According to Chin Huat, it is an abuse of government machinery when Najib cartoons in booklets are distributed in schools.
How about when Hannah Yeoh photos (whose face we’re sick and tired of looking at) in print media are distributed in mosques every Friday by the state?
When BN does it, it’s dirty politics. When Pakatan does it, it’s the choir of angels singing in exultation from heaven above, yah?
Another dissatisfaction that Chin Huat had with the PSC report is its refusal “to affirm the right of all overseas Malaysians to vote as absent voters”.
Postal voters not okay but overseas absent voters encouraged? I’m still trying to digest the gripe. And is this such a big issue as to be a catalyst for the mobilization of the self-righteous masses to take to the streets, “walking alongside God”?
Chin Huat elaborates on his reply to the question:
“Deciding not to waste time talking to the EC is therefore not denying the EC a fair chance. Rather it is about giving Malaysian citizens a fair chance at clean and fair elections so that voters can decide who runs this country when the next general election is called. We are prepared to engage in civil disobedience to defy unjust authority.”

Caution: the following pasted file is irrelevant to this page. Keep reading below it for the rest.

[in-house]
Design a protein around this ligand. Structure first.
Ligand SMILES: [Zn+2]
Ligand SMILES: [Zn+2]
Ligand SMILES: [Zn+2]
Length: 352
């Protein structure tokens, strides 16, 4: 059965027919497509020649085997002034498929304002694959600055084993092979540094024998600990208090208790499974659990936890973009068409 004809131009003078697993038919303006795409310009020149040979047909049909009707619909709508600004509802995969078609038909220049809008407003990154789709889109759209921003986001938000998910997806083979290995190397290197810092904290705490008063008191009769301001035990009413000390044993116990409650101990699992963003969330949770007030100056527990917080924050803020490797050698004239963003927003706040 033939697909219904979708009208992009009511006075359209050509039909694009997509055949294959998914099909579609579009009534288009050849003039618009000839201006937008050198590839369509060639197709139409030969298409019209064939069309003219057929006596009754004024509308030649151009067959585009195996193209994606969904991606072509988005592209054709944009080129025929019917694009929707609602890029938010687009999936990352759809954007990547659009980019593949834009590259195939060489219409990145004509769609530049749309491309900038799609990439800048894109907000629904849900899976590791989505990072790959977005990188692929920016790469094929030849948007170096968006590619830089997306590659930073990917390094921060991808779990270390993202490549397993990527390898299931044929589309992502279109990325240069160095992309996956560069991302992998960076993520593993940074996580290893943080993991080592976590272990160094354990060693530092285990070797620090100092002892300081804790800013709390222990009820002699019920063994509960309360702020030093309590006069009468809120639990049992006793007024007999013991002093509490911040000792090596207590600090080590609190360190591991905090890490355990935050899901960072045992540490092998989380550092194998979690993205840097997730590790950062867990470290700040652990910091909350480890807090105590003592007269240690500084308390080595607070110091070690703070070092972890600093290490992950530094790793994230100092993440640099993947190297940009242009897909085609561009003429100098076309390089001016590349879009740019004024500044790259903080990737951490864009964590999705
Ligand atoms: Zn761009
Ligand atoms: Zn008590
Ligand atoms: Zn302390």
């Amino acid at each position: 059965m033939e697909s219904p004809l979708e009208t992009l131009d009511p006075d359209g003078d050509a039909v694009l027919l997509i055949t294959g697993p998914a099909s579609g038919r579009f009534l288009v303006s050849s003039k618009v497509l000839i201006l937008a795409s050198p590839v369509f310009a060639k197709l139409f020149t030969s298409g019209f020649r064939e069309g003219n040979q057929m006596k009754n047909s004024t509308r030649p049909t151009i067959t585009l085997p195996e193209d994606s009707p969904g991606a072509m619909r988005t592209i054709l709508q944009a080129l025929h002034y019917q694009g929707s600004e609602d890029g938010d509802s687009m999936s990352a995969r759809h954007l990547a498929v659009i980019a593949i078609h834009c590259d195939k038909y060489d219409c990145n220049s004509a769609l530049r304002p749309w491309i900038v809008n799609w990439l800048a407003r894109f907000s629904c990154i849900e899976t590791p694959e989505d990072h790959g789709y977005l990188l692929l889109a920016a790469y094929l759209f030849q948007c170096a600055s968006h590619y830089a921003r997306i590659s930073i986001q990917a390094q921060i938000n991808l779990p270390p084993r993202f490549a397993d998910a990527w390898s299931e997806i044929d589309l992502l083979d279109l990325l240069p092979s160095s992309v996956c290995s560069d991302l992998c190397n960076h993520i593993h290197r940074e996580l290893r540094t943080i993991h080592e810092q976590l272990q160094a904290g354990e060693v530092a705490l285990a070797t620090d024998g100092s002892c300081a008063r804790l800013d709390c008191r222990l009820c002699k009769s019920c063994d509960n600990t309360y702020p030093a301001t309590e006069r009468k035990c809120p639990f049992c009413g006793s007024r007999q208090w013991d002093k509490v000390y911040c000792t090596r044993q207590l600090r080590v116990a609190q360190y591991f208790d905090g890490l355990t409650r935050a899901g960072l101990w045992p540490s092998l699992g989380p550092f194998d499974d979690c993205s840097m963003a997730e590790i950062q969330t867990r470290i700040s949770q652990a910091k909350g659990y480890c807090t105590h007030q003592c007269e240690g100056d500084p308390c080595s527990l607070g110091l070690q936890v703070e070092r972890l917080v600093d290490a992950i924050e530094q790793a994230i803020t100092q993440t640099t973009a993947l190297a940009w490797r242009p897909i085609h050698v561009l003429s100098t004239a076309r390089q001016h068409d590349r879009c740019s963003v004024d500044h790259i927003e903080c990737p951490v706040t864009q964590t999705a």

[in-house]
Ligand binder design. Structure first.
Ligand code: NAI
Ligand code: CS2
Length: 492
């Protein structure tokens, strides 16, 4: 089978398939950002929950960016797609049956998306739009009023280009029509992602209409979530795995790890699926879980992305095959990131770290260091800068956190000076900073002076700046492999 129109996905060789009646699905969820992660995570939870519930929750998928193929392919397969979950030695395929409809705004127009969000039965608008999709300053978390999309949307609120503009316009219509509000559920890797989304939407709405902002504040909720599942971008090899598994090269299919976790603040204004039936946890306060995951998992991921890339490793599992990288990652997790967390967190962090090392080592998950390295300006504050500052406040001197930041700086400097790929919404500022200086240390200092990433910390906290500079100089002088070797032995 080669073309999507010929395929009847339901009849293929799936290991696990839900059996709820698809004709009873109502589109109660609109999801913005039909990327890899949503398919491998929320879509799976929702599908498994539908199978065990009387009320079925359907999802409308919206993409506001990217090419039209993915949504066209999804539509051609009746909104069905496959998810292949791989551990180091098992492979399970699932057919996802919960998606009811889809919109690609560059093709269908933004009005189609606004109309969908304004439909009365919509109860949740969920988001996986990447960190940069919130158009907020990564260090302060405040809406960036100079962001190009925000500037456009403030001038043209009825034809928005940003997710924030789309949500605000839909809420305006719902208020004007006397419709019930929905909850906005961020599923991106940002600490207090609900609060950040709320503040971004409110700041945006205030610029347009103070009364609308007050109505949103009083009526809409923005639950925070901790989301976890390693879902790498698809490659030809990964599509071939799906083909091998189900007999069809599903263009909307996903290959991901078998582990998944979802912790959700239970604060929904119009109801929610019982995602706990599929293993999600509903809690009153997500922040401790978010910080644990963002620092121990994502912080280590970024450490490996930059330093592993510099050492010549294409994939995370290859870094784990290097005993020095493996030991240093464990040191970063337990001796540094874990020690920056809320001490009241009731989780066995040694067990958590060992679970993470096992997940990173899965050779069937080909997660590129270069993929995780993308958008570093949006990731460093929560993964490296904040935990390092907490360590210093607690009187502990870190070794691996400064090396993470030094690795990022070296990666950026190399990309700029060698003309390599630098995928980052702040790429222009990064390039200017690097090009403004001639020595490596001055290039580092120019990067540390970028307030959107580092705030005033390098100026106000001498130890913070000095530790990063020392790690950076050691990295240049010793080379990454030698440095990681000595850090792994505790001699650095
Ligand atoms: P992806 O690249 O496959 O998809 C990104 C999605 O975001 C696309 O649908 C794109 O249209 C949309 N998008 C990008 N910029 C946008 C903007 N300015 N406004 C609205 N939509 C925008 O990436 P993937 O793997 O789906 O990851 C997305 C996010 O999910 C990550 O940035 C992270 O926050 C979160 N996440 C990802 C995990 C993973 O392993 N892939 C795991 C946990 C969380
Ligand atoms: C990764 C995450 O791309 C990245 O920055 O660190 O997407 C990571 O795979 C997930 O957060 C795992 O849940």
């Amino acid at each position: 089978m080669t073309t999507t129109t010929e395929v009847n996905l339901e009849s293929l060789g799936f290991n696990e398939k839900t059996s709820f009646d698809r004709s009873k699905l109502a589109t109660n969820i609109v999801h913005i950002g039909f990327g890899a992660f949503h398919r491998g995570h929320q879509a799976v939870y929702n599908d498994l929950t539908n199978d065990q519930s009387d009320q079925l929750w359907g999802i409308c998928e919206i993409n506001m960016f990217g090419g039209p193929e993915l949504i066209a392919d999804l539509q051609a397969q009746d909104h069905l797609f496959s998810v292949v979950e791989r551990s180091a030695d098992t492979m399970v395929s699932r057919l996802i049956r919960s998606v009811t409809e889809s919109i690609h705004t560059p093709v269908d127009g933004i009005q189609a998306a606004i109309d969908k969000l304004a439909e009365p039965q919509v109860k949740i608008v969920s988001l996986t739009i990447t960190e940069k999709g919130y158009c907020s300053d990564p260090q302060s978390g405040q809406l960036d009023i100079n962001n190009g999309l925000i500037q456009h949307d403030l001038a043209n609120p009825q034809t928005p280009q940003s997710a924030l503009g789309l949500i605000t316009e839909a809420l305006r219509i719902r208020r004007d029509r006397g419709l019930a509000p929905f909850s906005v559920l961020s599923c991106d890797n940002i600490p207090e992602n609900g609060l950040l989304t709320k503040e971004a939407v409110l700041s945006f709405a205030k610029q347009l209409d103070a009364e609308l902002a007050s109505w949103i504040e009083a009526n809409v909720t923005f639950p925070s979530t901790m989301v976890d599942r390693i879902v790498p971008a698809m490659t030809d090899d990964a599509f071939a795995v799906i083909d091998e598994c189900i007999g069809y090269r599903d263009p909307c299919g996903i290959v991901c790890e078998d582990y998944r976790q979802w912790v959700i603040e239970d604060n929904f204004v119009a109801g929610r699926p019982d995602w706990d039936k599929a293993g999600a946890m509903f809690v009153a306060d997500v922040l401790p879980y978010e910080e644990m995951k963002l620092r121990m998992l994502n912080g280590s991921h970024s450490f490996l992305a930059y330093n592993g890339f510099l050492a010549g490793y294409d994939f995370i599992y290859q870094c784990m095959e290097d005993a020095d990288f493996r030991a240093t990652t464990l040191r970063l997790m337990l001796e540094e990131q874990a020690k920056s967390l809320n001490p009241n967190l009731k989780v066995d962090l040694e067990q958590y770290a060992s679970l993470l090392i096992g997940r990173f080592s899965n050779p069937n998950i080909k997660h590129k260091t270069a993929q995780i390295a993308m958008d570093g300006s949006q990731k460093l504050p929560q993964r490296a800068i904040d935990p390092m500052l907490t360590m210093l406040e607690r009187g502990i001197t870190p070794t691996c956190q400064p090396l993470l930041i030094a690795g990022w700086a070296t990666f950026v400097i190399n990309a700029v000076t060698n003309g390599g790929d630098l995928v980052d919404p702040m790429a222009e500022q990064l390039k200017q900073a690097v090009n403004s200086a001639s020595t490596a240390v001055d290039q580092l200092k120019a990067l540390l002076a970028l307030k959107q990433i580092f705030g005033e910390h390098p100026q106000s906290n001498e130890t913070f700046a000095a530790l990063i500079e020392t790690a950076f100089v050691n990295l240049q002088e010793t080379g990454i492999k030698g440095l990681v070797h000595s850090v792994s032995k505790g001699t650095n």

While Chin Huat himself may be already quite used to being a police magnet, is it wise to take thousands of fellow Malaysians down the same path?
Already we see the culture of anomie and anarchy proliferating online. Today was simply another occasion for this culture to be transferred to the flesh.
And it seems to me that the 428 event would have proceeded whatever the PSC or EC did or didn’t do.
Chin Huat paints the authorities as “unjust”. Are the state authorities of Penang and Selangor more ‘just’ than the federal authorities? Were the Penang authorities being just in this case (here)?
Just came across the photo below.
Wong Chin Huat is the guy in yellow standing beside the car, finger pointing up and speaking into the loudhailer. (??) [I have no idea …]